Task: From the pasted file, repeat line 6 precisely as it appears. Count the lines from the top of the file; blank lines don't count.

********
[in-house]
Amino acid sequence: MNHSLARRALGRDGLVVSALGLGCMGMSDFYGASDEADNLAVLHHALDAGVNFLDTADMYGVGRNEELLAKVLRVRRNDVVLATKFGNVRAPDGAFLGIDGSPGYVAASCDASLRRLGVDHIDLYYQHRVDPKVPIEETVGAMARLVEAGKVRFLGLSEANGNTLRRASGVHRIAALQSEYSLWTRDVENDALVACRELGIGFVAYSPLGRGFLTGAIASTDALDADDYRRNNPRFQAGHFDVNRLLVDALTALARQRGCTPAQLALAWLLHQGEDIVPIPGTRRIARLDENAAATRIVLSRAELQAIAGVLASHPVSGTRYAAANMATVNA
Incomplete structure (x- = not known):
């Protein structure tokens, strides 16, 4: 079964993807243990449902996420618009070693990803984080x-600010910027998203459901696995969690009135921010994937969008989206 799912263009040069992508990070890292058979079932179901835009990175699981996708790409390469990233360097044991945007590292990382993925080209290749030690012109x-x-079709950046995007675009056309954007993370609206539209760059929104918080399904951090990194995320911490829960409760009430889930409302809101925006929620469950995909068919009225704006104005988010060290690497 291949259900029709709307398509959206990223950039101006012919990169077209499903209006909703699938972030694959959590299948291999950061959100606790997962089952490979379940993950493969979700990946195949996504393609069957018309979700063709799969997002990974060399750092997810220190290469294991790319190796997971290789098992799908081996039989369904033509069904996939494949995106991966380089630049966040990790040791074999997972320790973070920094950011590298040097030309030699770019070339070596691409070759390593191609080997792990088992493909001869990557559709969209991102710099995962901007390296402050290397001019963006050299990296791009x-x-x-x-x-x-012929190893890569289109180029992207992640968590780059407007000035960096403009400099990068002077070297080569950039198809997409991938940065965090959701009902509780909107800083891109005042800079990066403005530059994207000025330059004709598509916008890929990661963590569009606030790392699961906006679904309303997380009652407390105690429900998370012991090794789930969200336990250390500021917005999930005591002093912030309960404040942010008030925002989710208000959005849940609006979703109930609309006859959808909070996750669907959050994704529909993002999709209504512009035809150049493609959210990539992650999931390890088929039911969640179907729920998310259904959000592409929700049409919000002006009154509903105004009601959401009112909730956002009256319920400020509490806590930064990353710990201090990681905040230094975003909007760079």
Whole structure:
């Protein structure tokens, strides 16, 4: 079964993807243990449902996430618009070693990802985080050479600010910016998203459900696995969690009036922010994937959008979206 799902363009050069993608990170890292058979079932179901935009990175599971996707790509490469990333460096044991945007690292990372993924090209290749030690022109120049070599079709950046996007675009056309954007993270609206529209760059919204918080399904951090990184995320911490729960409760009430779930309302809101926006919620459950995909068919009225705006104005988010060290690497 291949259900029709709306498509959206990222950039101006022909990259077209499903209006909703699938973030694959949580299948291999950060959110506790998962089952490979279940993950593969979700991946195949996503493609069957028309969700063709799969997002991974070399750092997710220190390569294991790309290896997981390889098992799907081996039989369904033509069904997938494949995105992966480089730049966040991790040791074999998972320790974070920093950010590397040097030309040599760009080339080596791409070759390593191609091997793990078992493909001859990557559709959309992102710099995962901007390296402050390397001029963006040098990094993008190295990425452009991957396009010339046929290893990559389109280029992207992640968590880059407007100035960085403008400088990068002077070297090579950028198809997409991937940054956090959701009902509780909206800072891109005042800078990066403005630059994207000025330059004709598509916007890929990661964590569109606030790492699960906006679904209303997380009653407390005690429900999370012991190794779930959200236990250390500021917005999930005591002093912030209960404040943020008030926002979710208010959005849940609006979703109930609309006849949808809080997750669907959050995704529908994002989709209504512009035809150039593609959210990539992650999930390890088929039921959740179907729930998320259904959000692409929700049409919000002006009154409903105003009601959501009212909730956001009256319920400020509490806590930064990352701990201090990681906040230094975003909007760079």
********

């Protein structure tokens, strides 16, 4: 079964993807243990449902996430618009070693990802985080050479600010910016998203459900696995969690009036922010994937959008979206 799902363009050069993608990170890292058979079932179901935009990175599971996707790509490469990333460096044991945007690292990372993924090209290749030690022109120049070599079709950046996007675009056309954007993270609206529209760059919204918080399904951090990184995320911490729960409760009430779930309302809101926006919620459950995909068919009225705006104005988010060290690497 291949259900029709709306498509959206990222950039101006022909990259077209499903209006909703699938973030694959949580299948291999950060959110506790998962089952490979279940993950593969979700991946195949996503493609069957028309969700063709799969997002991974070399750092997710220190390569294991790309290896997981390889098992799907081996039989369904033509069904997938494949995105992966480089730049966040991790040791074999998972320790974070920093950010590397040097030309040599760009080339080596791409070759390593191609091997793990078992493909001859990557559709959309992102710099995962901007390296402050390397001029963006040098990094993008190295990425452009991957396009010339046929290893990559389109280029992207992640968590880059407007100035960085403008400088990068002077070297090579950028198809997409991937940054956090959701009902509780909206800072891109005042800078990066403005630059994207000025330059004709598509916007890929990661964590569109606030790492699960906006679904209303997380009653407390005690429900999370012991190794779930959200236990250390500021917005999930005591002093912030209960404040943020008030926002979710208010959005849940609006979703109930609309006849949808809080997750669907959050995704529908994002989709209504512009035809150039593609959210990539992650999930390890088929039921959740179907729930998320259904959000692409929700049409919000002006009154409903105003009601959501009212909730956001009256319920400020509490806590930064990352701990201090990681906040230094975003909007760079």